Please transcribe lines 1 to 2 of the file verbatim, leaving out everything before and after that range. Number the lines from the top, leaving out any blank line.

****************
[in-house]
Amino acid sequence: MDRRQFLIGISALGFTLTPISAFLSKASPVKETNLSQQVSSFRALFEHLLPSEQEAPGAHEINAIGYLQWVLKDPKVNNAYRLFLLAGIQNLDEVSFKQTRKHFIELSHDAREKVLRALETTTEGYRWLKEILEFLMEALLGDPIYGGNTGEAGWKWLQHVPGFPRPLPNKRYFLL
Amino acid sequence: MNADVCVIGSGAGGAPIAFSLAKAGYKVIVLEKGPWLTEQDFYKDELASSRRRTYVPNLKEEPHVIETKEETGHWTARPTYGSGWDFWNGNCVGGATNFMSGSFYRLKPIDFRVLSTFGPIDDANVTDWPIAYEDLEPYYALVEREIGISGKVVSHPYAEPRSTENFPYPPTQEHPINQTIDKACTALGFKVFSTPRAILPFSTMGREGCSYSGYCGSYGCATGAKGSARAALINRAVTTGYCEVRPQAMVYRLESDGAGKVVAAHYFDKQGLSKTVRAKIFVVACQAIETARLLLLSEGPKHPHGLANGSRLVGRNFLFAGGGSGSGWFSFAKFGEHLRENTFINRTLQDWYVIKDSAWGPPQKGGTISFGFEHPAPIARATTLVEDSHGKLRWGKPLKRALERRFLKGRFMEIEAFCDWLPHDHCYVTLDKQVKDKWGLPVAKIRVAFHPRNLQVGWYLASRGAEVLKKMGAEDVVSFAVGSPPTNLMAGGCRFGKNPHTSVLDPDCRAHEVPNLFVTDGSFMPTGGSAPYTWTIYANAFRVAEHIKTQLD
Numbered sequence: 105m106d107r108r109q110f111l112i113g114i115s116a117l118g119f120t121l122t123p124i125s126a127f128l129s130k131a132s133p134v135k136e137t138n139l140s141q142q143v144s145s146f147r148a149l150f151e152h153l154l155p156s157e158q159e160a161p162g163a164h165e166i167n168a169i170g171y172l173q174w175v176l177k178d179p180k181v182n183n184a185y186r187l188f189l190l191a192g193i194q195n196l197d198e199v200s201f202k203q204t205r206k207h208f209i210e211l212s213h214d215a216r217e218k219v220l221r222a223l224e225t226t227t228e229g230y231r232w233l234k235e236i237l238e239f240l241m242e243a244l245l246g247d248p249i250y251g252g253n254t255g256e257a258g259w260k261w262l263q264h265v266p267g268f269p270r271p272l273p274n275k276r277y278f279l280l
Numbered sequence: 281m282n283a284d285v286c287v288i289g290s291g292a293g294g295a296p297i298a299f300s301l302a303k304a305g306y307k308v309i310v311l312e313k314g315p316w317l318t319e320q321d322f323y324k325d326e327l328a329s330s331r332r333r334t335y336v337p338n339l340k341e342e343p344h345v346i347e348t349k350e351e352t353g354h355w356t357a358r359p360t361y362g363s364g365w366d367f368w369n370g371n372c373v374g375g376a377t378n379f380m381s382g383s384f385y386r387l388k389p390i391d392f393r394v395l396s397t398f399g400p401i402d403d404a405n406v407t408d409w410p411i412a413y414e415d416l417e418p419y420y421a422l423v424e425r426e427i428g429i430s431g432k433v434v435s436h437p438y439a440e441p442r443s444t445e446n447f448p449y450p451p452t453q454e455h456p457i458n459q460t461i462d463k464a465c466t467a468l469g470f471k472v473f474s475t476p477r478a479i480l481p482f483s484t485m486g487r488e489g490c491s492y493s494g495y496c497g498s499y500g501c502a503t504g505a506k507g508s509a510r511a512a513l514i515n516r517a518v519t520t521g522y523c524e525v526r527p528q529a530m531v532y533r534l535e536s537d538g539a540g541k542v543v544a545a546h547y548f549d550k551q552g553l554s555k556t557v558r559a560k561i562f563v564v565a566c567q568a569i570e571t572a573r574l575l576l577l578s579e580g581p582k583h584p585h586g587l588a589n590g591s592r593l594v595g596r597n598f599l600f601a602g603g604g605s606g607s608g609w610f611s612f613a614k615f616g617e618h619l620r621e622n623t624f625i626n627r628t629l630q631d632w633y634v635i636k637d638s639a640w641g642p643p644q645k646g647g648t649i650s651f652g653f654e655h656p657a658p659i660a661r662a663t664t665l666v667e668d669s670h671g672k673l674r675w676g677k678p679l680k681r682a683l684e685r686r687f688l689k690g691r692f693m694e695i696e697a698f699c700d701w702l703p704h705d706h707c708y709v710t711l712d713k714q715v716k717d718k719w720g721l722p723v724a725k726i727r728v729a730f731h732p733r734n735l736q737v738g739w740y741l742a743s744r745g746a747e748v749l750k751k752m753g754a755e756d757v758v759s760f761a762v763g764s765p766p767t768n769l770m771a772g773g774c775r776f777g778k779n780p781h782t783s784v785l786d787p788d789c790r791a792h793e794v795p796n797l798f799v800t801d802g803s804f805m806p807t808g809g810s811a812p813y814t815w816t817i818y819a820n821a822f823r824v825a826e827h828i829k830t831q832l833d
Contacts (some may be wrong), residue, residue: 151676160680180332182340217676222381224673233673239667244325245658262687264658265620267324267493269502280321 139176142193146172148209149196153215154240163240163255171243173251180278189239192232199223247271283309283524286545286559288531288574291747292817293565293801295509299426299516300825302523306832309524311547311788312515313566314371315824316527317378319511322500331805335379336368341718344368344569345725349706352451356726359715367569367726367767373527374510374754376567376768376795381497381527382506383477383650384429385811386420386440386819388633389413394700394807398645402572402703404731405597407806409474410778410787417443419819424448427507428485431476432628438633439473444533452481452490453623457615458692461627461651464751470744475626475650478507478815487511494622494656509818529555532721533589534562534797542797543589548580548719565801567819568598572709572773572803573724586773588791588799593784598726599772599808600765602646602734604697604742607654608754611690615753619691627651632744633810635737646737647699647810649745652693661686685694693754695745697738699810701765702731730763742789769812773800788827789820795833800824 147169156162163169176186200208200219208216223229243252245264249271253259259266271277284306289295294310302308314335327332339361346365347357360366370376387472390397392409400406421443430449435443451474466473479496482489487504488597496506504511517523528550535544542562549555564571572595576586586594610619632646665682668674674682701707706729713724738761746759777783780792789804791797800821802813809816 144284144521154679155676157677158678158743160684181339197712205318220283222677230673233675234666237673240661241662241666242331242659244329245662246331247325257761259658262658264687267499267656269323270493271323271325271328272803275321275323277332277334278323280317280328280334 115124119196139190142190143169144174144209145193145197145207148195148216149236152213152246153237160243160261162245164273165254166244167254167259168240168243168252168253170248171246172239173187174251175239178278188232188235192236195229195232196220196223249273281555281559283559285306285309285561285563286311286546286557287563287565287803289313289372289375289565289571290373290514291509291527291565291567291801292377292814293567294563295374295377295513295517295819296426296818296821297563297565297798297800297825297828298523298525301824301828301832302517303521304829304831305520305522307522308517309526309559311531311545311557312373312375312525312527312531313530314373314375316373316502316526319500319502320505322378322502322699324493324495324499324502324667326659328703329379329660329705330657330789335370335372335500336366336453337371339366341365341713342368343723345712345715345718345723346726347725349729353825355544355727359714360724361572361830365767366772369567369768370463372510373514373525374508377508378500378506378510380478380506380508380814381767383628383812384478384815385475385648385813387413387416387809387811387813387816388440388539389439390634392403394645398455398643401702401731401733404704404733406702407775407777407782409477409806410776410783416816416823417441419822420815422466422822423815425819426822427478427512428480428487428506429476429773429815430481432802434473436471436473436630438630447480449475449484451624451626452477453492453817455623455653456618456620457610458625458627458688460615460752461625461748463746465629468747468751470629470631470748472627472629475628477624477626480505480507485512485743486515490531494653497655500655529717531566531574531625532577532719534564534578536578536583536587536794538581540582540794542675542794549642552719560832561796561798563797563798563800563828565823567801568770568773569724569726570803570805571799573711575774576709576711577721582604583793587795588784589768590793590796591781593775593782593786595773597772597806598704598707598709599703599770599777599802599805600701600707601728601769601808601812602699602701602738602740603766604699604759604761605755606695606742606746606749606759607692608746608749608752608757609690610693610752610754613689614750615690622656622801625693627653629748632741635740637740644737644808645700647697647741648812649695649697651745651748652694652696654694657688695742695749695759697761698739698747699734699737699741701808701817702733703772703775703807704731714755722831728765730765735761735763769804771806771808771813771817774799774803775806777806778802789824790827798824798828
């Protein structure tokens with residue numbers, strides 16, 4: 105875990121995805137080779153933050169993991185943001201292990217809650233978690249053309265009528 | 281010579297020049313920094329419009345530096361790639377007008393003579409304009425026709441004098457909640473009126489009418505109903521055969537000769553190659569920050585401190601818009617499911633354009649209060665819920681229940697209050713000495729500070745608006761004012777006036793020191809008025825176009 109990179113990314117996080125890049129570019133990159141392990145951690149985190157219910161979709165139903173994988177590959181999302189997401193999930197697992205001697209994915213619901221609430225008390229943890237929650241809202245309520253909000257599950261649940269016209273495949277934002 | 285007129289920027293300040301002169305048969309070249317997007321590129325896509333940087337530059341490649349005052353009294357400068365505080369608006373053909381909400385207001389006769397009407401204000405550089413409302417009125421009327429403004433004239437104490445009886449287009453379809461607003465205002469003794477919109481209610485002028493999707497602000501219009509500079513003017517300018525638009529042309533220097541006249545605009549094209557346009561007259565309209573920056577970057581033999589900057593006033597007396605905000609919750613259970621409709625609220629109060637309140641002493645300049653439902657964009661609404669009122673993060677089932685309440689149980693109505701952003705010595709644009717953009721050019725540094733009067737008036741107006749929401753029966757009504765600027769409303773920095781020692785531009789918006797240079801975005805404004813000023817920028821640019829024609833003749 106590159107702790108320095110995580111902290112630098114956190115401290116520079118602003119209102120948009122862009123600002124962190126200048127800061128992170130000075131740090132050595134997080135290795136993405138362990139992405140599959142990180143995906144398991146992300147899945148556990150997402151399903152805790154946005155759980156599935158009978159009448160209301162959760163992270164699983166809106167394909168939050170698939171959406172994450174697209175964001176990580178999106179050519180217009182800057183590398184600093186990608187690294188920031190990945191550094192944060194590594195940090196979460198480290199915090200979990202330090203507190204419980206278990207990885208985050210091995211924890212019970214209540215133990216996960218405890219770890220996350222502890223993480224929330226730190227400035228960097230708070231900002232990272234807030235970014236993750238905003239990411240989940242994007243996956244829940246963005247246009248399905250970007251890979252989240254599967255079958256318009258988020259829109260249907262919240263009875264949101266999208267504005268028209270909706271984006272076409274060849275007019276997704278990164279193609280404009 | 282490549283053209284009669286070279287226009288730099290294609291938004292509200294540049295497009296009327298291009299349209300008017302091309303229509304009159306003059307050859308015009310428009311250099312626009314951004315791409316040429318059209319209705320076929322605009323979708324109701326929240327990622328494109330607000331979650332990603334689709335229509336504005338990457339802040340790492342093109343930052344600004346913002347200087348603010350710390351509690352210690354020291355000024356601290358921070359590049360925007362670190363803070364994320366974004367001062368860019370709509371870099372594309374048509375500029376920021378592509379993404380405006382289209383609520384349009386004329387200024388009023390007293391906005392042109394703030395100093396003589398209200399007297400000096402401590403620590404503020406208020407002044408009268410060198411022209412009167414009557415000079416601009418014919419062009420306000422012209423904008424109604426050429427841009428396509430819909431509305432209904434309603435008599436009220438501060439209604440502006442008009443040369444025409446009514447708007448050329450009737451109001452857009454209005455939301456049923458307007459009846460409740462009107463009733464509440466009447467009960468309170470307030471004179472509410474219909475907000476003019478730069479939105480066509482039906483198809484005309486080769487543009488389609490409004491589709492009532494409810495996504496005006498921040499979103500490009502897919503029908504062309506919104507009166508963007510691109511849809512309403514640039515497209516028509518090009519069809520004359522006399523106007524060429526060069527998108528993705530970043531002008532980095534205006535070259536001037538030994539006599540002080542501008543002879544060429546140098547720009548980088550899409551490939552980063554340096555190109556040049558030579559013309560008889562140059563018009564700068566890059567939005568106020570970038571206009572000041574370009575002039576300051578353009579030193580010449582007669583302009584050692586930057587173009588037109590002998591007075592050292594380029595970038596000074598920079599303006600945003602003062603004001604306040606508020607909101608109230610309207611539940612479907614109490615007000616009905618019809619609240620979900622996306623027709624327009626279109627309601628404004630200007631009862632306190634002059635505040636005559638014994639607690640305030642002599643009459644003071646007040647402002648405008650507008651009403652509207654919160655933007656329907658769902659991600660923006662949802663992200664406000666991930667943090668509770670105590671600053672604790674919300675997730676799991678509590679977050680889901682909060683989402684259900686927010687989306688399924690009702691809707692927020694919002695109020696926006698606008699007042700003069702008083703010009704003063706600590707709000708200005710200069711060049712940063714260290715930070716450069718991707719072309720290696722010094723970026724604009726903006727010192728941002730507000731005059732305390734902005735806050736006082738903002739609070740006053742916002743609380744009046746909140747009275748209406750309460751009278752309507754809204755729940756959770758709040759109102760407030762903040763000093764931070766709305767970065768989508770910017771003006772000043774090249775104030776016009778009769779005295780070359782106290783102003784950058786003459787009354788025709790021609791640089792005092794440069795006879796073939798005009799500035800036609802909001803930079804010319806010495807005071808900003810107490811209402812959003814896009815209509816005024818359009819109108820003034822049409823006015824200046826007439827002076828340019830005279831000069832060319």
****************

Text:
[in-house]
Amino acid sequence: MDRRQFLIGISALGFTLTPISAFLSKASPVKETNLSQQVSSFRALFEHLLPSEQEAPGAHEINAIGYLQWVLKDPKVNNAYRLFLLAGIQNLDEVSFKQTRKHFIELSHDAREKVLRALETTTEGYRWLKEILEFLMEALLGDPIYGGNTGEAGWKWLQHVPGFPRPLPNKRYFLL